Stoma

Incidence of parastomal hernia


Incidence may be higher than reported in the literature as limited studies are available. Of those that are available, incidence varies (Table 1). Limitations of those studies explored include: use of small samples, inconsistencies in follow-up and timing of

Mary Jo Thompson is Stoma/Coloproctology Nurse Specilaist, Craigavon Area Hospital, Portadown, Northern Ireland Accepted for publication: January 2008
Abdominal wall Loop of herniated bowel

Figure 1. Peristomal hernia formation.

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Table 1. Reported incidence of parastomal hernia development


Incidence of parastomal hernia 7% 16% 20% 28% 1050% Studies Harris et al (2003) Lala et al (2002), Arumugam et al (2003) Pringle and Swan (2001) Thompson and Trainor (2005) Raymond and Abulafi (2002)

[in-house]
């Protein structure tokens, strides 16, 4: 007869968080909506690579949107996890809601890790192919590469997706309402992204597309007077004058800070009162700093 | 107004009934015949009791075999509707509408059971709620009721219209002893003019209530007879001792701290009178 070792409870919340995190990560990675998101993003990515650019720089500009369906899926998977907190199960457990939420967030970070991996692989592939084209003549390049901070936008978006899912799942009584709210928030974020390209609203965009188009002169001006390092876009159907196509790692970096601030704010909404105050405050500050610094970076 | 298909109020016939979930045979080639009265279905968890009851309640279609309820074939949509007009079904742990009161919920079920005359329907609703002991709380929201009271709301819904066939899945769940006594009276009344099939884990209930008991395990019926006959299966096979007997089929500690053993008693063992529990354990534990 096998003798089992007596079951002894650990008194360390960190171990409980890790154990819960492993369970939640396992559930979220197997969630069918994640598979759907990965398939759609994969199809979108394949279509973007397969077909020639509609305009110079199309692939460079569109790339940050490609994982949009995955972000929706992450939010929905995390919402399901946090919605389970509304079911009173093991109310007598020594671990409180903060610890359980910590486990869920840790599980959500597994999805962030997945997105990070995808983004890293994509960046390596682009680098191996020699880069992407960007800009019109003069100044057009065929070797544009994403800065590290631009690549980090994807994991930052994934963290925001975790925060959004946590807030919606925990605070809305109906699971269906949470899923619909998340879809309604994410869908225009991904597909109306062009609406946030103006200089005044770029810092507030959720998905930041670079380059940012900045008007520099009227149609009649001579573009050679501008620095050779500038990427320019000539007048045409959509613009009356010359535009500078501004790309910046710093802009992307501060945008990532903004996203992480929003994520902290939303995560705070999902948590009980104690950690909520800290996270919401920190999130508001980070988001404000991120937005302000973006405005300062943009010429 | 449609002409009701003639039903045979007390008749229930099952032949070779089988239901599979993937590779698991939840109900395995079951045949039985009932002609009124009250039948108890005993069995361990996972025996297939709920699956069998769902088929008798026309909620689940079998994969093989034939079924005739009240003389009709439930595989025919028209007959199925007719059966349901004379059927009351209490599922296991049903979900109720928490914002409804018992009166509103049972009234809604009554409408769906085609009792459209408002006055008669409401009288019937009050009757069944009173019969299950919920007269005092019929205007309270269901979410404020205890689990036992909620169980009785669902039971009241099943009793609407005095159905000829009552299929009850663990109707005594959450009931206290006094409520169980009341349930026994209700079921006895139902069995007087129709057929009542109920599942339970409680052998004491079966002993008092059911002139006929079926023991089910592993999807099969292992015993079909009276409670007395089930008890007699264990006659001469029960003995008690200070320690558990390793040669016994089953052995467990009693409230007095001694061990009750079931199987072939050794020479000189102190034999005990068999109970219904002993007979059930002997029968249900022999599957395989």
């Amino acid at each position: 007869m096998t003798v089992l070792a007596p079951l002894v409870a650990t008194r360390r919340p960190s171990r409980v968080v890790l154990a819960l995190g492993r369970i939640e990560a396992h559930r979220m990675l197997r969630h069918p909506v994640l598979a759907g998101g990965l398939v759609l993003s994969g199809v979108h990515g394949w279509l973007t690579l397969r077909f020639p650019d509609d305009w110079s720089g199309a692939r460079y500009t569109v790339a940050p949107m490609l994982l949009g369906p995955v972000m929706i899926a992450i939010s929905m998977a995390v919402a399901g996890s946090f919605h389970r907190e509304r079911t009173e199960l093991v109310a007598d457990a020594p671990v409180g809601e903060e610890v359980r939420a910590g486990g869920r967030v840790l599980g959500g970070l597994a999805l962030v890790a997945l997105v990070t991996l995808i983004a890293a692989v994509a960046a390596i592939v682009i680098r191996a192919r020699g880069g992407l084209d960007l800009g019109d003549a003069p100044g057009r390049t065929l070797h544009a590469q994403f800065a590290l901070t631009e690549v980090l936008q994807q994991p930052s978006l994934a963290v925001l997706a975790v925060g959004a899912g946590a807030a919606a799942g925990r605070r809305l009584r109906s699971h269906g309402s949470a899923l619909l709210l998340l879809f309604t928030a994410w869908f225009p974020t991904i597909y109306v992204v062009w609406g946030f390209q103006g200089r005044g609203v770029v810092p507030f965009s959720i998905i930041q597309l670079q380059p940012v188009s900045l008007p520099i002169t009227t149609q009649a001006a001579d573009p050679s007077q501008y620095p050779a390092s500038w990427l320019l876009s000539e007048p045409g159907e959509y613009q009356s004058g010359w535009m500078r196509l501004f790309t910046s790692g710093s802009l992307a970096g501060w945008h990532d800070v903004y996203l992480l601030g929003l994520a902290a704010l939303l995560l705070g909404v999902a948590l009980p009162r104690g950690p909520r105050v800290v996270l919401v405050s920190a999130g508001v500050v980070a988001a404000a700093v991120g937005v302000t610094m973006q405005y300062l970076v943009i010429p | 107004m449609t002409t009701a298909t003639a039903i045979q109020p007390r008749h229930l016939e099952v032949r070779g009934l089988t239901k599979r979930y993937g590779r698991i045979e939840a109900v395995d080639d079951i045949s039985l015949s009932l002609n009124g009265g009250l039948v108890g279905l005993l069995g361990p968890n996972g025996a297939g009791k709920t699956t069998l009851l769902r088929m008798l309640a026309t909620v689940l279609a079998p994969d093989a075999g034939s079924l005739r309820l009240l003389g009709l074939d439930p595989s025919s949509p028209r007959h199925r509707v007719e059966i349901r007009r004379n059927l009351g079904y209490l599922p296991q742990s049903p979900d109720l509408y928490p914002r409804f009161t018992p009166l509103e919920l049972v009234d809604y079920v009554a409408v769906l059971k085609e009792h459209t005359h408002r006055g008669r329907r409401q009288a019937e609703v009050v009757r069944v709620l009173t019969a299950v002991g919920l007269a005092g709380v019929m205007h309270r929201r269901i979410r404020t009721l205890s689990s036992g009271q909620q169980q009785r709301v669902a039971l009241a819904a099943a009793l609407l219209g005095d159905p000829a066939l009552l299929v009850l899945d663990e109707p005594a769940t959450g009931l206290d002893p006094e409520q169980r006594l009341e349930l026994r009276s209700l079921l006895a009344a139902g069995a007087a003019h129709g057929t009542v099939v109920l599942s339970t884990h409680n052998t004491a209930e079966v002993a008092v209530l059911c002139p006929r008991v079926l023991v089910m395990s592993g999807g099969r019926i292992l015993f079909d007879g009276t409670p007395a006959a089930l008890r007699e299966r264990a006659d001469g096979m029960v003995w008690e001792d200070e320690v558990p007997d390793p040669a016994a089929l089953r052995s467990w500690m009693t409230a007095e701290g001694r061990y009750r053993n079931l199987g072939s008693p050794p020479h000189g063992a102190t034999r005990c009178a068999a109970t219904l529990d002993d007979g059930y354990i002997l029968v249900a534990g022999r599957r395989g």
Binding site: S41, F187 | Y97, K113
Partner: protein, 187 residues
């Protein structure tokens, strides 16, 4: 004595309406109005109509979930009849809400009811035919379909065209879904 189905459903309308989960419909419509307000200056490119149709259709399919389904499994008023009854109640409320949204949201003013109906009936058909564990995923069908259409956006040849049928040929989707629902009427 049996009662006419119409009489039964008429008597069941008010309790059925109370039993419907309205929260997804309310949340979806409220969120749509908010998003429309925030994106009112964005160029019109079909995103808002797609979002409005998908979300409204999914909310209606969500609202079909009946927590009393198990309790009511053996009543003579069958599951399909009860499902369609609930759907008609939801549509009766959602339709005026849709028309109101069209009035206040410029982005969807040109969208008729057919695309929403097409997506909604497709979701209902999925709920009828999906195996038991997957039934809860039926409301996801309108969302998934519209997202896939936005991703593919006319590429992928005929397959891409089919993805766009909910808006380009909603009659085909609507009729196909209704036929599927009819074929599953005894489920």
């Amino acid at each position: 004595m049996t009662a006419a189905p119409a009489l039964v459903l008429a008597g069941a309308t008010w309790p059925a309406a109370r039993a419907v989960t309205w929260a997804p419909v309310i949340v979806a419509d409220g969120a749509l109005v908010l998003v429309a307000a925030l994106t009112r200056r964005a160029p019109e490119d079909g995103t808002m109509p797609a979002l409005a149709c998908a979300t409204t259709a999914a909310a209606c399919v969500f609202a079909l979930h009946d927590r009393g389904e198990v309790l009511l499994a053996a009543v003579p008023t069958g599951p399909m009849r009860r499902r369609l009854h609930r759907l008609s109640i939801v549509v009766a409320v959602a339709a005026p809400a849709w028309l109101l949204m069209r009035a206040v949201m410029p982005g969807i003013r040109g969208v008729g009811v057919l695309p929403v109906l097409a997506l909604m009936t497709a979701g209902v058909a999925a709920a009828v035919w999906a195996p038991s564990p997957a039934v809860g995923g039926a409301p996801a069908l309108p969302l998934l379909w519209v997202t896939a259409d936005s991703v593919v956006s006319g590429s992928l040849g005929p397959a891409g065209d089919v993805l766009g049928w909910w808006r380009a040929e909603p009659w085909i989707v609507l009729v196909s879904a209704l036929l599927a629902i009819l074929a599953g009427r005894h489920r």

and 21.6% respectively (Figure 2). A limitation to this study is the omission of length of time lapsed from surgery to followup. Martin and Foster (1996) would support this finding as they found that making an oversized opening for the stoma in the muscle and fascia at time of surgery as a possible cause of parastomal hernia (Kane et al, 2004). It is also important to point out that most stomas in recent years, whether constructed with or without siting, would in the majority, if not all cases, be constructed through the rectus abdominus muscle as this is now taken as common practice.

Prevention